Transcribed by Mary Ann Kaylor
Amasa S. Booth, who for many years was identified with industrial interests in Springfield, but is now living a retired life, was born in Maine, June 9, 1835. His father, Albert Booth, was born in the year 1813, and was a son of Isaac Booth, also a native of the Pine Tree state. The mother of our subject bore the maiden name of Hannah Stephens, and her birth likewise occurred in Maine. In early life Albert Booth learned the trade of a wagon and carriage maker, and subsequently became a manufacturer in that line. In 1840 he removed with his family seven miles north of Springfield, Illinois, and in 1854 took up his residence in the city, where he established a factory for the purpose of making wagons and carriages. Soon he had built up a large business, selling to the local trade, and he continued to successfully conduct his enterprise until a short time prior to his death, which occurred in 1873. He was a Republican in his political views, and a much respected citizen, for he was ever fair and just in his business transactions, kindly in his treatment of his fellow men and faithful in his duties of citizenship. His wife also passed away in Springfield, her death occurring in 1860.
Amasa S. Booth was but five years of age at the time of the removal of the family to this county, and the following year he became a student in the subscription schools, and for a time he attended a private school. He continued his studies until he reached his sixteenth year, when he entered his father's shop to learn the trade of a wagon-maker, and when his term of service had ended, he continued in the business with his father until the latter's death, in 1873. At that time Mr. Booth, of this review, entered into partnership relations with his brother-in-law, Alex McCosker, under the firm name of Booth & McCosker, and for several years they continued to engage extensively in the manufacture of wagons and carriages, their shops and works being located at the corner of Eighth and Washington streets. During the busy season they employed from twenty to forty men, and they had a well equipped plant. As their financial resources increased they extended the scope of their business, and enlarged the output until the Booth & McCosker wagons became famous over a wide extent of territory for durability, fine finish and good workmanship. The firm continued this business until 1886, when they sold out, since which time Mr. Booth has given his attention to the supervision of his private interests, which include the ownership of a farm and city property.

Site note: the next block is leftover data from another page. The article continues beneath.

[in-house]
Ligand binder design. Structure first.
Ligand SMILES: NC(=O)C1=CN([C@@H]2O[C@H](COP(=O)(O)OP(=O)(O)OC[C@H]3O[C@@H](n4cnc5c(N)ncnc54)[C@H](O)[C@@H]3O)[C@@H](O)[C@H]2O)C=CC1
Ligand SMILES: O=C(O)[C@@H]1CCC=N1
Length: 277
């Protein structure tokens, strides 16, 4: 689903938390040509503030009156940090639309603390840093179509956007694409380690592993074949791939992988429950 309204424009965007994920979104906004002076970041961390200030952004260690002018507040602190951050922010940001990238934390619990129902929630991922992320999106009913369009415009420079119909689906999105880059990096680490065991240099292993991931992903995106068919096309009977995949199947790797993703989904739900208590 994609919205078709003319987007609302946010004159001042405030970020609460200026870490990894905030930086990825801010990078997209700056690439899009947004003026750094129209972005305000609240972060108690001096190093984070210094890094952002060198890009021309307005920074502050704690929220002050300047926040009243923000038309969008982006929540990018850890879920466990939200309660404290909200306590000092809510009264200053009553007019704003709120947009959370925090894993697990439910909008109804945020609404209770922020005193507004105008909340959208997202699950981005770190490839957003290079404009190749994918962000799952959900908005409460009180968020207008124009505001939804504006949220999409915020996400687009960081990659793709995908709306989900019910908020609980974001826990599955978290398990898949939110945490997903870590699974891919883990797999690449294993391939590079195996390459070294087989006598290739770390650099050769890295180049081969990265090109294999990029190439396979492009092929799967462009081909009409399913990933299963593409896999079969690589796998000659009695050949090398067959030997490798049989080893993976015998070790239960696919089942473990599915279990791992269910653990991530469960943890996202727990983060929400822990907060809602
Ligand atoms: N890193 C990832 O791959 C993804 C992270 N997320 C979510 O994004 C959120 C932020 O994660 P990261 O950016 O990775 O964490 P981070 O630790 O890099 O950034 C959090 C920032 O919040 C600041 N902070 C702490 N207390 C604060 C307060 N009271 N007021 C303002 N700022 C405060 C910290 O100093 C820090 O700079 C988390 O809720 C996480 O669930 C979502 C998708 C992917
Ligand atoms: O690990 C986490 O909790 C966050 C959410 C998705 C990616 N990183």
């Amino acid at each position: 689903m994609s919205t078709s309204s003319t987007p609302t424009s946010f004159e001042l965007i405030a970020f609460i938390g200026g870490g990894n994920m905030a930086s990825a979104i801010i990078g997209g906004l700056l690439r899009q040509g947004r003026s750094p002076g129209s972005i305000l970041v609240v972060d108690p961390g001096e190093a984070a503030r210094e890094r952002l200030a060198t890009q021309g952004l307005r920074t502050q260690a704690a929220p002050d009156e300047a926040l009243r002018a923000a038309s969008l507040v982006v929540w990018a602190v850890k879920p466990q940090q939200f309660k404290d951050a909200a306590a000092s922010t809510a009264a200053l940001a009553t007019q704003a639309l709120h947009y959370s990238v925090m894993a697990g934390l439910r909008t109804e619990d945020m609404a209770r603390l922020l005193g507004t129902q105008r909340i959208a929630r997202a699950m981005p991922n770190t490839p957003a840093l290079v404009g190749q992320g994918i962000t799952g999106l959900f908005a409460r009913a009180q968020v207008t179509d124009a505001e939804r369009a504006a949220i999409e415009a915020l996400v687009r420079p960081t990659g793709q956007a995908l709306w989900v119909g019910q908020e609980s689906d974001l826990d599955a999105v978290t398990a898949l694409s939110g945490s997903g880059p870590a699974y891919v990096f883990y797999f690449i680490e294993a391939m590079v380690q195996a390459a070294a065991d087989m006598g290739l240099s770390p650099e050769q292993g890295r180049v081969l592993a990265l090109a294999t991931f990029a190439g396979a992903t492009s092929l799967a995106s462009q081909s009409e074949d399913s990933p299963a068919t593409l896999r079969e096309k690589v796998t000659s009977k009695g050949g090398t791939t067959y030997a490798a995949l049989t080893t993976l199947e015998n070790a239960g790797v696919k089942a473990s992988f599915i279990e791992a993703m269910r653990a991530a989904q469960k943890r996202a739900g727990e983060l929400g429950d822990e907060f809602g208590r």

On the 17th of August, 1872, was celebrated the marriage of Amasa S. Booth and Miss Harriet Richardson, and their union has been blessed with six children: John; William; Mary, the wife of W. E. Grunendike of Decatur; Alexander; Amasa S.; and Jacob. The family home is at No. 500 South Sixth street, in one of the most attractive residence portions of the city, and the members of the household occupy an enviable position in social circles. Mr. Booth belongs to the Benevolent Protective Order of Elks. Almost his entire life has been passed in Illinois' capital, and he has a very wide acquaintance here, where he is recognized as a leading and influential citizen. In his business career he prospered, his success being due to several causes, not the least of which was his thorough and practical understanding of the business in which he was engaged. If necessary, he could have shown any workman just how to perform the task allotted to him, and at the same time he had excellent ability as a manager, and moreover
the house always sustained a reputation for reliability that was most enviable. It is thus that Mr. Booth, in the legitimate channels of trade, acquired prosperity which classes him among the substantial residents of Sangamon county.